Running up to lunchtime is usually spent revising some of our prayers. We are learning the ‘Hail Mary’ at the moment, and usually say the ‘Our Father’ and finally ‘Grace before Meals’ Lunch is provided for the children in our school, and so the children take their sandwich and piece of fruit from the box and eat it sitting in their seats. The children then head out to the yard for half an hour. 
In infants, fitting everything in can be tricky. When we come back in from the yard, we generally fit in our Music, Drama, SPHE or SESE lessons then. One day a week, we use it as our Big Book time. 
And then of course its tidy up time. The children collect their homework folders, put up their chairs and go get their coats. The children line up along the silver line and we say our prayer before going home. When the bell rings, they wait till their names are called before coming to the door.
Tips for teaching Infants:
  • Be organised
  • Have set routines and systems for giving out copies/books, lining up, walking to and from the yard/PE hall and moving groups. In our classroom, the children line up alongside one wall of the classroom, I take the pile of books and open it on the page. Each child takes a book, I tell them who owns and it and they go and place it open on that person’s desk before taking their own seat. I find this works so well because they are all up and moving, there is no competition for giving out books and the children are occupied. I also choose a line captain who is in charge of keeping the line quiet.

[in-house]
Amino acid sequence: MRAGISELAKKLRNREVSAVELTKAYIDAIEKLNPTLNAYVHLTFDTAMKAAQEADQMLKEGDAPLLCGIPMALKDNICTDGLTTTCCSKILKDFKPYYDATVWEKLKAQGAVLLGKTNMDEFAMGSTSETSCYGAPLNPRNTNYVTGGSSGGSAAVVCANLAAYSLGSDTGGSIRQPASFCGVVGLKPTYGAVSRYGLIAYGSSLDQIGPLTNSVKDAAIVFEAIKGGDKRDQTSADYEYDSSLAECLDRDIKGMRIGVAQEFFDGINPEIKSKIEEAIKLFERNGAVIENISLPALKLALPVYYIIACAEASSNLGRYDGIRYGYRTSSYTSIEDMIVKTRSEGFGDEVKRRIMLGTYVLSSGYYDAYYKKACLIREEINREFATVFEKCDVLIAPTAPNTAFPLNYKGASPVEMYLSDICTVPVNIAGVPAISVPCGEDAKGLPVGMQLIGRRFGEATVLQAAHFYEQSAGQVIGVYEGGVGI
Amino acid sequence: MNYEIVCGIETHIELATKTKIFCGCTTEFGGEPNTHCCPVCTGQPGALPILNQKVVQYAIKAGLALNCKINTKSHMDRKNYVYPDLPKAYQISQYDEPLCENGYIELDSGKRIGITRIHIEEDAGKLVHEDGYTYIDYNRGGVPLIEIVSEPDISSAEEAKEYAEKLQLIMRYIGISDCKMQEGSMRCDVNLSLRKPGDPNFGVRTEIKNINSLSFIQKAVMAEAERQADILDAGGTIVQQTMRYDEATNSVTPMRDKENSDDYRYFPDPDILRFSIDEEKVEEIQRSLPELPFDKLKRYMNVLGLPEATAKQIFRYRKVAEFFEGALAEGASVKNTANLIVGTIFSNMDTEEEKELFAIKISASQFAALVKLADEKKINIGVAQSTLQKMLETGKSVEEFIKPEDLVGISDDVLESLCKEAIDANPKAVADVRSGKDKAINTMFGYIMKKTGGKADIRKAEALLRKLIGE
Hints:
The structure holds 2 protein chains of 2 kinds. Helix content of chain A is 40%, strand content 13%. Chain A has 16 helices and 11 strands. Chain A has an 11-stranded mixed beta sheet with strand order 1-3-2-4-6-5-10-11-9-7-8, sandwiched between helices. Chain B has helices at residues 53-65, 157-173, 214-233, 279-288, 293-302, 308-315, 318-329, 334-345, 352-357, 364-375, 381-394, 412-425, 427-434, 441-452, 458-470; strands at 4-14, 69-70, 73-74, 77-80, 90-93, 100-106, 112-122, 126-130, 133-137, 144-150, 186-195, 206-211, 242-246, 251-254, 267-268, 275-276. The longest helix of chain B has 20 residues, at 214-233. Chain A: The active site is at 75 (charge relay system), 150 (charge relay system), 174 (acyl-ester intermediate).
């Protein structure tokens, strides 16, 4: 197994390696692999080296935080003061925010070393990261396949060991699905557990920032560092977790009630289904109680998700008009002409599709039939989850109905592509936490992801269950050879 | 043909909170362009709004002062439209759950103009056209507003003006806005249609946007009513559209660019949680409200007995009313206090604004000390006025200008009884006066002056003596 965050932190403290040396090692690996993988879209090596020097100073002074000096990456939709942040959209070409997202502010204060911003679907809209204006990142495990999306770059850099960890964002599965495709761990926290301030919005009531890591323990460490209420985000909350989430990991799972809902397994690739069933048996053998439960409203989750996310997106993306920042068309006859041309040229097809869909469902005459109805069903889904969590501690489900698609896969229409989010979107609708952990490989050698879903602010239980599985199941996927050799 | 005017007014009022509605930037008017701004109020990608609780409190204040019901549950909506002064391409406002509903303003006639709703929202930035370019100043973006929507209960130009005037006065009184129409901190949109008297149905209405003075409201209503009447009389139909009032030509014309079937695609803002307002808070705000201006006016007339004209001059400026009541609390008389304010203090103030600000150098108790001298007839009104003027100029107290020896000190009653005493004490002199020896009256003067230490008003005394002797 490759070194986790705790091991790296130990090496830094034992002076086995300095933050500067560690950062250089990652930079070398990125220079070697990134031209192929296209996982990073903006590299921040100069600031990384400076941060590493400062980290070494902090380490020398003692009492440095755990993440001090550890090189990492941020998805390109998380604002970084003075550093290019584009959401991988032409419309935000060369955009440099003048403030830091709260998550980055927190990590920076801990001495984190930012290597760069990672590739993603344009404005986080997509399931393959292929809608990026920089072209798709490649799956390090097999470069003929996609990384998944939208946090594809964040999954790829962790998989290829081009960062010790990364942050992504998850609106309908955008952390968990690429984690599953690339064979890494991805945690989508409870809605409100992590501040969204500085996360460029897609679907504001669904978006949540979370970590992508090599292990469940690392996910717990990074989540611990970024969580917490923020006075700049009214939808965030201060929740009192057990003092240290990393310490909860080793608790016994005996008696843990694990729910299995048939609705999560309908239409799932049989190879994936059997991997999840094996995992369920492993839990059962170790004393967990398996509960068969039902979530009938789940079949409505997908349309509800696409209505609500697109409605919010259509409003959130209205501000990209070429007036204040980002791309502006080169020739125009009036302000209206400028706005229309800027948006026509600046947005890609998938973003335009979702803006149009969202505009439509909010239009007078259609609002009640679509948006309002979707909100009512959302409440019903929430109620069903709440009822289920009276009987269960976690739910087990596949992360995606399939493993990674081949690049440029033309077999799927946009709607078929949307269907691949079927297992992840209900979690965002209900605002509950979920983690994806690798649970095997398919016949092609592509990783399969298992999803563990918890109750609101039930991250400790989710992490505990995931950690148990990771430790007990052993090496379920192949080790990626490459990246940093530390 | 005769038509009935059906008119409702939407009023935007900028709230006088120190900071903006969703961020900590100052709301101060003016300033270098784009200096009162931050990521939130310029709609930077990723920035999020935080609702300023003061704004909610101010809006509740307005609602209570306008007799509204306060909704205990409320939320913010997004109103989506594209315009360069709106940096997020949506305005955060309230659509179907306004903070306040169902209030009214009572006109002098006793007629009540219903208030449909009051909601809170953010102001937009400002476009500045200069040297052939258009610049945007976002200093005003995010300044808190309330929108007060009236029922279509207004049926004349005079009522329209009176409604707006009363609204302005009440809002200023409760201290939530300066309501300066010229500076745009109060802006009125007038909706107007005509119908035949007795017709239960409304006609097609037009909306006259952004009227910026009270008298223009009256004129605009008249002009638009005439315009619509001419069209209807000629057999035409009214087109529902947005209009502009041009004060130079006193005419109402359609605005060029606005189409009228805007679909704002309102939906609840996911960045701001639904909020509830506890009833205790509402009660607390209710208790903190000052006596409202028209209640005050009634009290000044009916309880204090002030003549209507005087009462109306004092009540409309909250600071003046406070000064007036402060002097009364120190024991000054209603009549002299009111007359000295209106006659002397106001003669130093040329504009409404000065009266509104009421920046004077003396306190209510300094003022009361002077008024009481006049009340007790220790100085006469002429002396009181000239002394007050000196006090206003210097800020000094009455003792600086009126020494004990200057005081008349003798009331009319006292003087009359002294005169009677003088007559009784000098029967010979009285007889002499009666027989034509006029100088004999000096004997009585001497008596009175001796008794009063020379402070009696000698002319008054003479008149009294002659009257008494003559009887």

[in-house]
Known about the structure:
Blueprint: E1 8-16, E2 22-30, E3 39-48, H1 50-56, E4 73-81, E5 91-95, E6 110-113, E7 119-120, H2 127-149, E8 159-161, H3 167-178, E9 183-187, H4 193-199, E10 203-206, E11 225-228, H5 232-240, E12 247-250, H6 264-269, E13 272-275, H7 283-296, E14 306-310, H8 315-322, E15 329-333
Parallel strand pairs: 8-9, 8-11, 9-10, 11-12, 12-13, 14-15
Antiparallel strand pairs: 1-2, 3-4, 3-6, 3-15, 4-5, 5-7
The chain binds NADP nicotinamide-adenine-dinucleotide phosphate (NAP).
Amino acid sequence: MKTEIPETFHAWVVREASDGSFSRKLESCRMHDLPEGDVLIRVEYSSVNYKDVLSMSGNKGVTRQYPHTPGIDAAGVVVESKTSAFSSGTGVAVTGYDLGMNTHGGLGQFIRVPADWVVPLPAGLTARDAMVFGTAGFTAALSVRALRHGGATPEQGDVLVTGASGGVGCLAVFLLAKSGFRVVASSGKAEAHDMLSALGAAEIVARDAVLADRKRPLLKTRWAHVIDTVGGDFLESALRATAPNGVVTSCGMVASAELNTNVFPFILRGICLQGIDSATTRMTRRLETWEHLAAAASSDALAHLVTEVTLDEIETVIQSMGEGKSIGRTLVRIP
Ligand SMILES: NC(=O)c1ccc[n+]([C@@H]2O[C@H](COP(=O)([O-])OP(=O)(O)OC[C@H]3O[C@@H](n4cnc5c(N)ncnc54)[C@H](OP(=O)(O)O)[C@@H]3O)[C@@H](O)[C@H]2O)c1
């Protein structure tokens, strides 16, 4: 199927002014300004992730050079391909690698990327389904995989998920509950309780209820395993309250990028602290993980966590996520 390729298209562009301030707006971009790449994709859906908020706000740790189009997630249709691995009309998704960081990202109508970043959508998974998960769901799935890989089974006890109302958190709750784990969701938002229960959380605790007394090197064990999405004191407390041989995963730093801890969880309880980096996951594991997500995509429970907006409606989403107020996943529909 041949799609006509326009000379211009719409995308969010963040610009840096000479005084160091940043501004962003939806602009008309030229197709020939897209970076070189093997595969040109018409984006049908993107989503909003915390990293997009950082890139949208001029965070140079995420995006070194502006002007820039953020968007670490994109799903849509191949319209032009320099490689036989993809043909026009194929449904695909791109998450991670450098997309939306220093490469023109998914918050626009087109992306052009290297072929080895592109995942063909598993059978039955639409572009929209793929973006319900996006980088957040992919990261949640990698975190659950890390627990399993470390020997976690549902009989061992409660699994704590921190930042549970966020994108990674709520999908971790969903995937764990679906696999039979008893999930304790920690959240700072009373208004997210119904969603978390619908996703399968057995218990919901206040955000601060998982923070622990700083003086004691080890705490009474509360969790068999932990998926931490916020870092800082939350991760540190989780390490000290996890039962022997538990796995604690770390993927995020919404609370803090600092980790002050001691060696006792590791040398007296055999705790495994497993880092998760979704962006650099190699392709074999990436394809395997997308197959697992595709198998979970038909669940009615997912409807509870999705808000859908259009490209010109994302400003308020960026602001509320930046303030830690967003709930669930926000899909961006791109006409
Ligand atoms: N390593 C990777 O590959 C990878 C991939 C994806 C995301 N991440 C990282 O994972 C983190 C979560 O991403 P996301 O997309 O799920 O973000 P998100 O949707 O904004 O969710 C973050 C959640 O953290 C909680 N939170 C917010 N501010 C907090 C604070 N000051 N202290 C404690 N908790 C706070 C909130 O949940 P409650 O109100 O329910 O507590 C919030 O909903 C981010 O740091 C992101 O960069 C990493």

• When lining up in the classroom, I stand at the classroom door and call out the names of children who are sitting quietly. I find this helpful because you can fix the line so the children who find it hard to walk properly in a line are dispersed in amongst the children who can. You can save hassle on the whole ‘he skipped me’ fiasco, and again in keeps all children occupied, ready and quiet.
  • The Mystery Walker is a super system for walking to and from places. Remind the children what the expectations are – 1. Keep your hands to yourself 2. Keep your lips zipped 3. Walk nicely. A child fulfilling these requirements is chosen by the teacher and is revealed when the class return to the classroom.
  • Telling tales can be a big issue in infants, and trying to overcome the obstacle of encouraging them to tell you when there is a major problem and telling every little thing is huge. In my class, we struggle with this almost every day. I have a big picture of Michael D. Higgins in my classroom, and when a child comes to me with a tale I ask them to questions – Is someone hurt? Is someone being mean? If the answer is yes, then they can tell me. If it is no, they then go and can sit in our library corner and tell it the president! It’s working really well.
  • Enjoy your time with your bunch of little people, because you will never get this year back. I think sometimes as NQT’s we are so focused on the notes, and the planning, and the displays, and the assessment folders, that we forget there is a group of small children in front of us who have no idea or honestly don’t really care that you are doing the DIP. They are relying on you to make their time in school fun and happy and need you to do your very best for them. Enjoy them, they are precious.
Thanks to Sarah for her ‘Day in the Life’
Graphics from www.mycutegraphics.com